Biggest-Ever Dam Removal Frees US River
Salmon already returning to Washington's Elwha River
By Rob Quinn, Newser Staff
Posted Aug 27, 2014 4:07 AM CDT
Updated Aug 27, 2014 7:58 AM CDT
The Elwha River flows freely through what was Lake Mills and past the old Glines Canyon Dam, bottom, in Olympic National Park near Port Angeles, Wash.   (AP Photo/Elaine Thompson)

(Newser) – The biggest dam-removal project in history is complete and Washington state's Elwha River is running freely for the first time in more than a century. A blast yesterday destroyed the final 30 feet of the 210-foot Glines Canyon Dam, completed in 1927, on the Olympic Peninsula. The older, 108-foot Elwha Dam was destroyed last year as part of a project to restore what was once the best salmon river in the area. The restoration has been "the dream of tribal members for a hundred years," a spokesman for the Lower Elwha Klallam Tribe told the Peninsula Daily News as the tribe celebrated.

The old dams lacked fish ladders and no longer produced significant amounts of electricity. Over the last few years of the restoration project, salmon have started returning to the river and more wildlife has followed. Millions of tons of sediment that had been trapped behind the dams have created new habitats for wildlife downstream. "We're seeing all sorts of different creatures. It's fantastic," a US Geological Survey spokesman tells National Geographic, which notes that hundreds of smaller dams have been removed over the last few years, but the American West's thirst for water means other large ones are unlikely to go anytime soon. (This "salmon cannon" could also be a lifesaver for fish.)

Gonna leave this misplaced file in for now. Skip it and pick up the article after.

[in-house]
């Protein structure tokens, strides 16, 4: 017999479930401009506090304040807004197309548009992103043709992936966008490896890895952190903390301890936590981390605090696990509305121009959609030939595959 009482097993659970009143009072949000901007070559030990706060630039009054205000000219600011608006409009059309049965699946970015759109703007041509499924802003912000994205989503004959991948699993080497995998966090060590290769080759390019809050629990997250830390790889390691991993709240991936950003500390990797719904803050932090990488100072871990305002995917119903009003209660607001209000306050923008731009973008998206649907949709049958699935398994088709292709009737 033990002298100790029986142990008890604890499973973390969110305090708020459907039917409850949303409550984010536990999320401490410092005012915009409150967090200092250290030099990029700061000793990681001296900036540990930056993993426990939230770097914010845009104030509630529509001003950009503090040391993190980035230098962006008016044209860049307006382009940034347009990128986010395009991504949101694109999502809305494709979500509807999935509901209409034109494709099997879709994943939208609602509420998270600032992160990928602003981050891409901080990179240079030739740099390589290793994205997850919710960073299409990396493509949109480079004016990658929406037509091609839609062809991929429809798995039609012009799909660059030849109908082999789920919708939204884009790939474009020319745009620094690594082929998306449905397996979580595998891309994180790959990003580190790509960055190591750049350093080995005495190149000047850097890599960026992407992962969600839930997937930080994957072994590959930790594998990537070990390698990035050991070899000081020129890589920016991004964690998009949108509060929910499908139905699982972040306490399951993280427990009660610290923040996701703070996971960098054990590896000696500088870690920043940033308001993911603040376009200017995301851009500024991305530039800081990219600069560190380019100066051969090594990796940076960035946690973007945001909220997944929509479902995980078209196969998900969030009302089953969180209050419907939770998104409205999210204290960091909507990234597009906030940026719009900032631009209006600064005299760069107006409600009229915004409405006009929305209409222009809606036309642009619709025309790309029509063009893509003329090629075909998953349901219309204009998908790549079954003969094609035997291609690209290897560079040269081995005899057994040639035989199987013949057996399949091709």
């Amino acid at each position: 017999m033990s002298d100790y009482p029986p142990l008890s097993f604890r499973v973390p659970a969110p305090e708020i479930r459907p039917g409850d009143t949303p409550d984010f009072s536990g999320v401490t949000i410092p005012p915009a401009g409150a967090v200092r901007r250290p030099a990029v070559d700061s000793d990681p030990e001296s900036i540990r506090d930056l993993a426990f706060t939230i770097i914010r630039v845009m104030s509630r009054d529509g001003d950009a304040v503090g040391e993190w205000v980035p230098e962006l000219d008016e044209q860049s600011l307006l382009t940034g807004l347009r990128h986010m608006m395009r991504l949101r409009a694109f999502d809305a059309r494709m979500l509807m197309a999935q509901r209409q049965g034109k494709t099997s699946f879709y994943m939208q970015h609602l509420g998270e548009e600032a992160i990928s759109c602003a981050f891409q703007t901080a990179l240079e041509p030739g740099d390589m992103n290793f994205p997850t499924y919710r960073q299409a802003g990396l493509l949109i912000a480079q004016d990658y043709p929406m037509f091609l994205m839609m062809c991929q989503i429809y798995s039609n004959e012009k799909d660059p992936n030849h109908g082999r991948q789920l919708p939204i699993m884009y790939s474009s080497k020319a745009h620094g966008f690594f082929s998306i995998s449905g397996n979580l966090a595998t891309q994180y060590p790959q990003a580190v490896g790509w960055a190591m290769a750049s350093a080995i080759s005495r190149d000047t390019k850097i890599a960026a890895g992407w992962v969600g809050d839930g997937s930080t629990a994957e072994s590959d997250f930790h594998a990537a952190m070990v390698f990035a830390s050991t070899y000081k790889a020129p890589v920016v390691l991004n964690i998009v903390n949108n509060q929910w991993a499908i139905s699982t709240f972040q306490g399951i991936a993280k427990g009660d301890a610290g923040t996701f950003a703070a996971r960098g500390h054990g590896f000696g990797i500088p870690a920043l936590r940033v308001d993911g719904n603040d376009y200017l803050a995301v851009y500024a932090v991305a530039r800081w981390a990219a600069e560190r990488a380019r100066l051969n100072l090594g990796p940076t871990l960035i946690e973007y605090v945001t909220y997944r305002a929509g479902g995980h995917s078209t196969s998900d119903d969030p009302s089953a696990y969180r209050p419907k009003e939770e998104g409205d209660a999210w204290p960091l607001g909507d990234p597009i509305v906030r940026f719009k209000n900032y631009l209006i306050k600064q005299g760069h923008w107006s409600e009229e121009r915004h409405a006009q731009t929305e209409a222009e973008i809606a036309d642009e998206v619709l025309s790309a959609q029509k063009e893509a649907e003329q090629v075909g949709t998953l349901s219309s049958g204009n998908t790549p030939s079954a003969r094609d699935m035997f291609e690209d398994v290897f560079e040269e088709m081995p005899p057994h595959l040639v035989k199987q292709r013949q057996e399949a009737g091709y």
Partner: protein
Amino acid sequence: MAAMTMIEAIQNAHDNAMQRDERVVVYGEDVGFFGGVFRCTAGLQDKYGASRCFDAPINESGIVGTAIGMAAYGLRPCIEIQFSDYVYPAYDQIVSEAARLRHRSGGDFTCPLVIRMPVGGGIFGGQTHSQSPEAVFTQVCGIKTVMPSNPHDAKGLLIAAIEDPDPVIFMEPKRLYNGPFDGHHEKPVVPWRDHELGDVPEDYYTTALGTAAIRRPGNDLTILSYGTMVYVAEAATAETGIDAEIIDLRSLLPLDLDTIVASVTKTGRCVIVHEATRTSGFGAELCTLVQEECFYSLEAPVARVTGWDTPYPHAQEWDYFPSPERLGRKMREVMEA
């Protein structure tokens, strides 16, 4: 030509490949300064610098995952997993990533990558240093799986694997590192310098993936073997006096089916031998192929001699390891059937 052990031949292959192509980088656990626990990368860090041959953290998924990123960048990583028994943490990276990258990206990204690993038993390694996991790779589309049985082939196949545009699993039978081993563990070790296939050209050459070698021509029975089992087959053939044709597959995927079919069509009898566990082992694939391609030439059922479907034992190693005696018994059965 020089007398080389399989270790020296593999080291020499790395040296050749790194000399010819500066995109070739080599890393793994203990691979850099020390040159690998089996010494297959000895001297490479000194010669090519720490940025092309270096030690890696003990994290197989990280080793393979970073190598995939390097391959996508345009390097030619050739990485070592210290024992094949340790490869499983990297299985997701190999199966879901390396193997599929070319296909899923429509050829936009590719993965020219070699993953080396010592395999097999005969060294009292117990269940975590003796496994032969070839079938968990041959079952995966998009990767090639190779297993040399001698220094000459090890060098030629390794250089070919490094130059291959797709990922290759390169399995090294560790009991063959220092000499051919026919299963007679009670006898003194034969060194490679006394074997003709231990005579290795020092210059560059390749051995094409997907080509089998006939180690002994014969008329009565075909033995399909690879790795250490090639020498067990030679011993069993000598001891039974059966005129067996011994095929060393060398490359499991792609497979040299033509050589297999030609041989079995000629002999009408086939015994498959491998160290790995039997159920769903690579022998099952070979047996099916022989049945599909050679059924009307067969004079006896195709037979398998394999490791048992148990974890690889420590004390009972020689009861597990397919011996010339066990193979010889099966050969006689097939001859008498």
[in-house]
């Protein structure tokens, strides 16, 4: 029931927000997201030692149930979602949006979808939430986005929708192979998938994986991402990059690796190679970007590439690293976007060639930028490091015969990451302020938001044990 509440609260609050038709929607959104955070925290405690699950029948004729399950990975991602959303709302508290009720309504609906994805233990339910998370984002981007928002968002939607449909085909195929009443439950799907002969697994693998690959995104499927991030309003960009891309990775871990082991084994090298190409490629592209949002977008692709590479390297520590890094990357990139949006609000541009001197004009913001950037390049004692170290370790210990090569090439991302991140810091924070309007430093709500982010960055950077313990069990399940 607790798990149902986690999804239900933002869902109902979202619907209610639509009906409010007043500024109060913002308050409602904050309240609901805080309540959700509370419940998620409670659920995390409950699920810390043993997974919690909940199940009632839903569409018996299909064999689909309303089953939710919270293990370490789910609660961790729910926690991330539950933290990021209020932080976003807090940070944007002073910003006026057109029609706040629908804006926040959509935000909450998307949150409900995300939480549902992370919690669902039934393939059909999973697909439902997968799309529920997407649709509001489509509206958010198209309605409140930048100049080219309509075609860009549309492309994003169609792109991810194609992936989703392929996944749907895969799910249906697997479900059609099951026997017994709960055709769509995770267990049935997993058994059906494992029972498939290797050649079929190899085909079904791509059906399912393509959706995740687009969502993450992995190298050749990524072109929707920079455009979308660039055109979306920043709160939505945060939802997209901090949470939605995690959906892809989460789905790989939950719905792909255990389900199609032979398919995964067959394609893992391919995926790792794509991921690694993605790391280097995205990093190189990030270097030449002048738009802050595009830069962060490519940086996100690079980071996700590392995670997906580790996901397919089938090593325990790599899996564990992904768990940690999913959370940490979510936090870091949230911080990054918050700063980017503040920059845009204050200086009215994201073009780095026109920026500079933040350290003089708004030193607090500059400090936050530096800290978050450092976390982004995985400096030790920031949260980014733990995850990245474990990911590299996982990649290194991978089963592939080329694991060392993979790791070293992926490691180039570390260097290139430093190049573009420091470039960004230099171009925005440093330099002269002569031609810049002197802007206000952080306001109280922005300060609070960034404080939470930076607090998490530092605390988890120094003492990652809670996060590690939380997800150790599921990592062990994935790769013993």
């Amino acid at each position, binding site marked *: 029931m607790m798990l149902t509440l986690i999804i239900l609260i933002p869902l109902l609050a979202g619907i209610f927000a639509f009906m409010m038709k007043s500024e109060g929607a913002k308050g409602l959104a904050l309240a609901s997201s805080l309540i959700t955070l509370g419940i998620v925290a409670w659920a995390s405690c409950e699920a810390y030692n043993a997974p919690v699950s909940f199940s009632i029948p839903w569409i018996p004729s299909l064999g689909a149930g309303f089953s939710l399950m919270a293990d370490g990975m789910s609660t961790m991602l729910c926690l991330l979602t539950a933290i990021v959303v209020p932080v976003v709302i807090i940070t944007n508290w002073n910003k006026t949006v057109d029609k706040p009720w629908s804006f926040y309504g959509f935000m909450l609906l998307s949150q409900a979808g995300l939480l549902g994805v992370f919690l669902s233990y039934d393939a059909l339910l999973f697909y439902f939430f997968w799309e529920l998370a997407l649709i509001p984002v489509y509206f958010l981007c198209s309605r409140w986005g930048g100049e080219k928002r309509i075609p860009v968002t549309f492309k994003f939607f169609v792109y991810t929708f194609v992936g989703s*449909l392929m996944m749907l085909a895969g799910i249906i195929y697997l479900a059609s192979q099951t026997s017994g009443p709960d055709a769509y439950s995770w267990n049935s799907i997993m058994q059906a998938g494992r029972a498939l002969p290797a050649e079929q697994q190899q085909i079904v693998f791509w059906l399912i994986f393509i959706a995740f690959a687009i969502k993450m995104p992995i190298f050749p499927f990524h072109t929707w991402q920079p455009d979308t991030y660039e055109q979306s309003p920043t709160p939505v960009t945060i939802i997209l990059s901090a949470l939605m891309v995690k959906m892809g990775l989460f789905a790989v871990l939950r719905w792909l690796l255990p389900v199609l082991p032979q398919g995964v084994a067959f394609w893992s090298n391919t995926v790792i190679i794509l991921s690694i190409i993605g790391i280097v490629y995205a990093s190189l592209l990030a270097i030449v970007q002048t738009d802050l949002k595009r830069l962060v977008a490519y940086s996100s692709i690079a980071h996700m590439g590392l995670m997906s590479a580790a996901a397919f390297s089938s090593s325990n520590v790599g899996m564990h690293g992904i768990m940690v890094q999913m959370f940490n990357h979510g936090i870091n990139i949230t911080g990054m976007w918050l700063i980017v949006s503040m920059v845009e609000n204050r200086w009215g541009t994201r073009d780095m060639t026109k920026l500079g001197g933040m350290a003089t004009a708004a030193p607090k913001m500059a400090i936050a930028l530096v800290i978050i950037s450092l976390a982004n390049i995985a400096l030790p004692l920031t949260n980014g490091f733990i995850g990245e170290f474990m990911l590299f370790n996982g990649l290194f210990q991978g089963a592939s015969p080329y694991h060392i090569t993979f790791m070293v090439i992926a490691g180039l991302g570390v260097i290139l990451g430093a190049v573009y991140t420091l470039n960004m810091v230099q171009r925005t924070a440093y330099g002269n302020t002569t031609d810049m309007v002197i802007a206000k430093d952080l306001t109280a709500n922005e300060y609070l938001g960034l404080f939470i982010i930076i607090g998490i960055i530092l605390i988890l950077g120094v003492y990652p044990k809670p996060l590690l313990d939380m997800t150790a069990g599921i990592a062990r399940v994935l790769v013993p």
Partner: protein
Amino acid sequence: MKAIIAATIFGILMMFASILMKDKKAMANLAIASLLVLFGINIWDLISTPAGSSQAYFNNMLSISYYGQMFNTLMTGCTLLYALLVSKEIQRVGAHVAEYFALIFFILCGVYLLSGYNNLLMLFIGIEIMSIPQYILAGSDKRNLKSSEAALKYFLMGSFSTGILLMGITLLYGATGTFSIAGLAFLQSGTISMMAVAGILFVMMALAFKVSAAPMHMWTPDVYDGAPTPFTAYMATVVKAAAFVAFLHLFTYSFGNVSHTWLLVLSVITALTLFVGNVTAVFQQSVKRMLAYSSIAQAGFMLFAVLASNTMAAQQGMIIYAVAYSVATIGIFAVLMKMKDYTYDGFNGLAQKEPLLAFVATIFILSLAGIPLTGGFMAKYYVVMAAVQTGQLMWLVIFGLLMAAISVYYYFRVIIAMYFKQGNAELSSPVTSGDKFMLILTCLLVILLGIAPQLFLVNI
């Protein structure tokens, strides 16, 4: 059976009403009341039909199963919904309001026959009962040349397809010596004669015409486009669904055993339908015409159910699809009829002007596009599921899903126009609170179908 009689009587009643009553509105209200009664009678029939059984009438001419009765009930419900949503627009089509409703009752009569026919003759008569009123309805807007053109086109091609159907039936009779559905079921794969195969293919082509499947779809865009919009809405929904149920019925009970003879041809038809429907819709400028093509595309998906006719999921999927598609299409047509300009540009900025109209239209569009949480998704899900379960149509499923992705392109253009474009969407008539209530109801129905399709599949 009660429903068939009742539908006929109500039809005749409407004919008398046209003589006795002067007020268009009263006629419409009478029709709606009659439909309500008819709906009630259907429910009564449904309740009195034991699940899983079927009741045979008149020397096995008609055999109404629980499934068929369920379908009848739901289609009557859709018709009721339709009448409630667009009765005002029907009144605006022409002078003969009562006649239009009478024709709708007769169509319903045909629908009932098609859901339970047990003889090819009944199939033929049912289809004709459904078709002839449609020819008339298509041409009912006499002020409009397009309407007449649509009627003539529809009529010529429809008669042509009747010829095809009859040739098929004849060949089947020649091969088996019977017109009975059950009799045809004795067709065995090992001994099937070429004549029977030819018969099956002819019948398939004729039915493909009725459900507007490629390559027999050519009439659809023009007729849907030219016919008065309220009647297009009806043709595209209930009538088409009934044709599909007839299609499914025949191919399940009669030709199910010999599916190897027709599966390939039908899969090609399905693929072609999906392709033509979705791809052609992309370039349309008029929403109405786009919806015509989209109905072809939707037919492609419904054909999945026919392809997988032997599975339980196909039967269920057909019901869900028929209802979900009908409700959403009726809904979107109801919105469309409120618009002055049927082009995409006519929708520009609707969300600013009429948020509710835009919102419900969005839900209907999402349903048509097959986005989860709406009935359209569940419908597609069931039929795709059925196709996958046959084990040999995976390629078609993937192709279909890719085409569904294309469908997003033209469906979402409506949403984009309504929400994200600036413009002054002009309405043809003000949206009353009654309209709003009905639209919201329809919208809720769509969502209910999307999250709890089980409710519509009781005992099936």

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Showing 3 of 84 comments
Phil
Sep 6, 2014 1:28 PM CDT
Addition to previous post I'm not sure of the balance between impact on wild life and power production. Reality is most of the older dams were built with the arrogant belief that to deal with the returning salmon, you just had to net them and transport them past the dam in sufficient numbers to keep a healthy return. This is not true. Subjecting the smolt to 100 foot of water pressure change is like popping pop corn. The air bladder literally pops killing the fish. The only fix is shallow water return for the smolt. Over shoot water wheels work but that creates other engineering problems. The Romans did this. Big dam projects in the north west are a disaster to migratory fish. The dams were built to control flooding, irrigation, navigation and power production at the cost of migratory fish. There is hope we clever little hairless monkeys have figured it out. Destroying dams is like burning down your house to save the environment. The best fix would be to leave dam intact and build a fish ladder and use an Archimedes screw type power plant. The fish ladder would be for returning migratory fish and the Archimedes screw type power plant would give the smolt a way to the sea. It will still do all the things the dam was built for. And like beaver dams the artificial lake produces habitat and eventually a meadow and high quality farm land. https://m.youtube.com/watch?v=1Nm0aaCZ4iY
Ulysses Noman
Aug 29, 2014 5:44 PM CDT
Washington Watermelons, Deconstructing Civilization one project at a time.
William Locke
Aug 29, 2014 1:09 PM CDT
http://www.sacbee.com/2014/08/28/6662668/epa-says-californias-delta-water.html